May was born and bred in Essendon and his father Charles ‘Chooka’ May, who was an excellent centre player in the Dons 1923 and 1924 premiership sides, later coached Glenelg from 1955 to 1957.

May began with Essendon in 1947 and played 94 games in the VFL including the 1949 and 1950 premiership sides. He was a battle hardened campaigner when he switched to Adelaide with his employment in 1953, but was refused a clearance until the following year.

The Sturt side in the 1950s was weak and May changed roles to lead the ruck, quickly revealing himself to be an excellent palmer of the ball at bounces and throw-ins. He also combined well with the Blues’ triple Magarey Medallist Len Fitzgerald to give their side many attacking opportunities.

A generation after his playing days and ten years after his time as a television sports personality May hoped he would be remembered as a better than average footballer who played in some great VFL teams and representing South Australia a couple of times. He said the myths about him were just that.

A footballer with character, a thinker and larger than life personality May was a former state manager of Golden Fleece Petroleum and later national sales manager for the Eight Mile Creek cheese factory in Mount Gambier.

About Bernard Whimpress

Freelance historian (mainly sport) who has just written his 40th book. Will accept writing commissions with reasonable pay. Among his most recent books are George Giffen: A Biography, The Towns: 100 Years of Glory 1919-2018, Joe Darling: Cricketer, Farmer, Politician and Family Man (with Graeme Ryan) and The MCC Official Ashes Treasures (5th edition).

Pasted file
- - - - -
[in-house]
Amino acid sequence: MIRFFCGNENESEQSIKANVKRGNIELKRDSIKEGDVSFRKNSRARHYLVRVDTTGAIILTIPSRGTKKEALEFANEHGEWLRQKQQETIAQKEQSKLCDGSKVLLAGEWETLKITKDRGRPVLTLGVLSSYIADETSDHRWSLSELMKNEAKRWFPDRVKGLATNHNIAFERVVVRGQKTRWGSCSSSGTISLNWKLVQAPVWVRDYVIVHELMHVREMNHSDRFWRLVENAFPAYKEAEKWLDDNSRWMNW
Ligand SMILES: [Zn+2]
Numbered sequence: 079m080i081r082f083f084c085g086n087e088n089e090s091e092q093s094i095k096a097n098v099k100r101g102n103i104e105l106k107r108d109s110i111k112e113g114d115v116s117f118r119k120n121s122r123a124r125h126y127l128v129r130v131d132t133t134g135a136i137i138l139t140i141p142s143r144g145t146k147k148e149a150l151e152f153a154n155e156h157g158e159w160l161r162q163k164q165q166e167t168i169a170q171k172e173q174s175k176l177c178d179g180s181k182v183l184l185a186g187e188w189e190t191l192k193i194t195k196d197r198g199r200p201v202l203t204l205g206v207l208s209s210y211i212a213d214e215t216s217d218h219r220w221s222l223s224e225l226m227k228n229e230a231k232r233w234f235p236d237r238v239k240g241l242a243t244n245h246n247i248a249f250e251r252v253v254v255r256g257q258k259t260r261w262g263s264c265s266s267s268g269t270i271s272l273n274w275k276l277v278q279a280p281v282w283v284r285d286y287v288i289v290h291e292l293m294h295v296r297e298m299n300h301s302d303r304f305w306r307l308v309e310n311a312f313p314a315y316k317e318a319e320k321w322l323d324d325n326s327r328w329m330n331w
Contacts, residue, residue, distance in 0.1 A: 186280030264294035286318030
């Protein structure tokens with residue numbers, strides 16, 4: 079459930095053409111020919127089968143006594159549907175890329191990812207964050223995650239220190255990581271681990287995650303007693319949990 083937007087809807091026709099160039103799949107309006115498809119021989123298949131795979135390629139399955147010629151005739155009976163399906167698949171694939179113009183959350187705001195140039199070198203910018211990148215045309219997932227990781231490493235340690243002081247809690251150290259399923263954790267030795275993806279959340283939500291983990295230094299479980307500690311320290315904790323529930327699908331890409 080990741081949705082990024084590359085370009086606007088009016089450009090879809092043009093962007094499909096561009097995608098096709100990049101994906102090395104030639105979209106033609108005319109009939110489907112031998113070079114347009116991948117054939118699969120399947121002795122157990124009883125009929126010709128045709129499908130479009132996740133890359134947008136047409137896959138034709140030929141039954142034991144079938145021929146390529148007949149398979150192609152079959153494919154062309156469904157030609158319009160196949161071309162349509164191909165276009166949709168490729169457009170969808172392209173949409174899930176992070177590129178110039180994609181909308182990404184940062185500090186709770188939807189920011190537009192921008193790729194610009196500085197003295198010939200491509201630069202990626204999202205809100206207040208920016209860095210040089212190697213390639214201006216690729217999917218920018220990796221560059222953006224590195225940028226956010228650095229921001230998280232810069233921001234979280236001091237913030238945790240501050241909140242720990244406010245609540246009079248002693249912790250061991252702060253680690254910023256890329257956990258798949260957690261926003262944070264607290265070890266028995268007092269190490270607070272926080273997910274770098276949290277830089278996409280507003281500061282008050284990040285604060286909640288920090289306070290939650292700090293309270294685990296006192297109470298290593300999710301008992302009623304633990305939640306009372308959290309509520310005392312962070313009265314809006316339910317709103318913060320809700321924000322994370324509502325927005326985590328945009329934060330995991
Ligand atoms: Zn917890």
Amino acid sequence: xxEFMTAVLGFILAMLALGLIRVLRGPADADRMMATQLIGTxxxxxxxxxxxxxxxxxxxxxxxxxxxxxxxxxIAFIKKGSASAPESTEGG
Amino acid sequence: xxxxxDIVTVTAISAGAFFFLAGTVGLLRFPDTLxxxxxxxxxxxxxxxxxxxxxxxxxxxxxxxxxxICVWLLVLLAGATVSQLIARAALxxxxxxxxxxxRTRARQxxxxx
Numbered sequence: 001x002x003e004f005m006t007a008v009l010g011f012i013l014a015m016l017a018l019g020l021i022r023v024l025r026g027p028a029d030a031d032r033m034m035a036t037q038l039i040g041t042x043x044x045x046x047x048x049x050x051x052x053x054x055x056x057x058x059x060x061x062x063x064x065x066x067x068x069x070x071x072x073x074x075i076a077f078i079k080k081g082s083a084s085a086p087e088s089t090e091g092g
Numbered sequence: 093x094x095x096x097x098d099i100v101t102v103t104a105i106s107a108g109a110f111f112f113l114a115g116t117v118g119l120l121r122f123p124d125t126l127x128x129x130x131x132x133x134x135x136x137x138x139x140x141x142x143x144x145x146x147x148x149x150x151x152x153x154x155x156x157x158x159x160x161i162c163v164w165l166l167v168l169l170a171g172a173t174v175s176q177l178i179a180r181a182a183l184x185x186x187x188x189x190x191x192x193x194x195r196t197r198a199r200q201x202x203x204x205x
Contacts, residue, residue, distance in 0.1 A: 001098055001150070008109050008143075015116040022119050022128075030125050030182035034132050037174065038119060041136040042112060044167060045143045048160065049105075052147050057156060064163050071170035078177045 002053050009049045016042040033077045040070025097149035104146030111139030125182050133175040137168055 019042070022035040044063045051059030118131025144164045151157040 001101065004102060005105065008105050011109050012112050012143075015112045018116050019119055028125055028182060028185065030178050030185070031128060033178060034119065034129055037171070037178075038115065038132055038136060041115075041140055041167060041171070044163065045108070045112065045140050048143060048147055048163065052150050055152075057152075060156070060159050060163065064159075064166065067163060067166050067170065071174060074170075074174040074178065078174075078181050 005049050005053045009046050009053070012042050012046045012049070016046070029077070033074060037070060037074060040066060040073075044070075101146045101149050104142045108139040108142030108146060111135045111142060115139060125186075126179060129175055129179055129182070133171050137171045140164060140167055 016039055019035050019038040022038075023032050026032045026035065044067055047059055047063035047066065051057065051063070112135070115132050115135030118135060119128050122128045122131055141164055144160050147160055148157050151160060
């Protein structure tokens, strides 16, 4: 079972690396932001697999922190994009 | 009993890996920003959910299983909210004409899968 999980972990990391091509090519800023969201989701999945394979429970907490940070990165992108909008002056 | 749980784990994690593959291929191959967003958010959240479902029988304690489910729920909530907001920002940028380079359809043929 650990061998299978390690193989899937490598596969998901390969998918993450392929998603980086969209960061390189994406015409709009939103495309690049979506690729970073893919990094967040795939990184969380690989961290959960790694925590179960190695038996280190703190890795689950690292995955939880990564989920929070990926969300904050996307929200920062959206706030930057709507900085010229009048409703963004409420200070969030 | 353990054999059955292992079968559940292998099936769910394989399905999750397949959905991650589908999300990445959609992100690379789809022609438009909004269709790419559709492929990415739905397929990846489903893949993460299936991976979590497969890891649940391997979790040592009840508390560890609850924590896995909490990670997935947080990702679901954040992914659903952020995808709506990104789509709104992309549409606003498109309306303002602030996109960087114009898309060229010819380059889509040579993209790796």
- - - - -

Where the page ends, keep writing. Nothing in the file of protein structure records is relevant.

1. I remember Chooka playing for the Dons in the late 40,s and early 50’s. I was always impressed with him because he was one of the few Essendon players who always played in a sleeveless jumper. I remember him being a tough footballer who shared the ruck work at Essendon with such greats as “Swampy” Syme, “Bluey” McClure and Doug Bigelow. Rod Oaten

  2. bernard whimpress says

    Thanks for the comment Rod.

    I only remember Wally as a TV personality but personality he certainly was. He had the reputation of being a tough man in SA football in the 50s. When I was in primary school I remember his father ‘Chooka’ May coming and giving a coaching clinic in Murray Bridge, the country town in which I grew up.

  3. i remember wally commentating football when i was a boy. his comment…typically, in his rather gruff authorative voice “if you can’t kick you can’t play” this was just one of his many wally mayisms that made it a treat to listen to his commentary.

  4. bernard whimpress says

    Thanks Darryl. He truly was a wonderful commentator and no doubt would be driven to distraction by continual handballing, pathetic footpassing and goalshooting. In yesterday’s game between Freo and Carlton there was one instance where the Blues gave about a dozen handballs going around in circles before advancing the ball forward about 30 metres with a kick. Isn’t it about time that a new rule was introduced that after two handballs you have to kick the ball forward or lose possession.

  5. Clarrie Cannon… Akka Bang, Bang Cannon was my grandfather.

  6. Mark 'Swish' Schwerdt says

    ‘Bad kicking is bad football’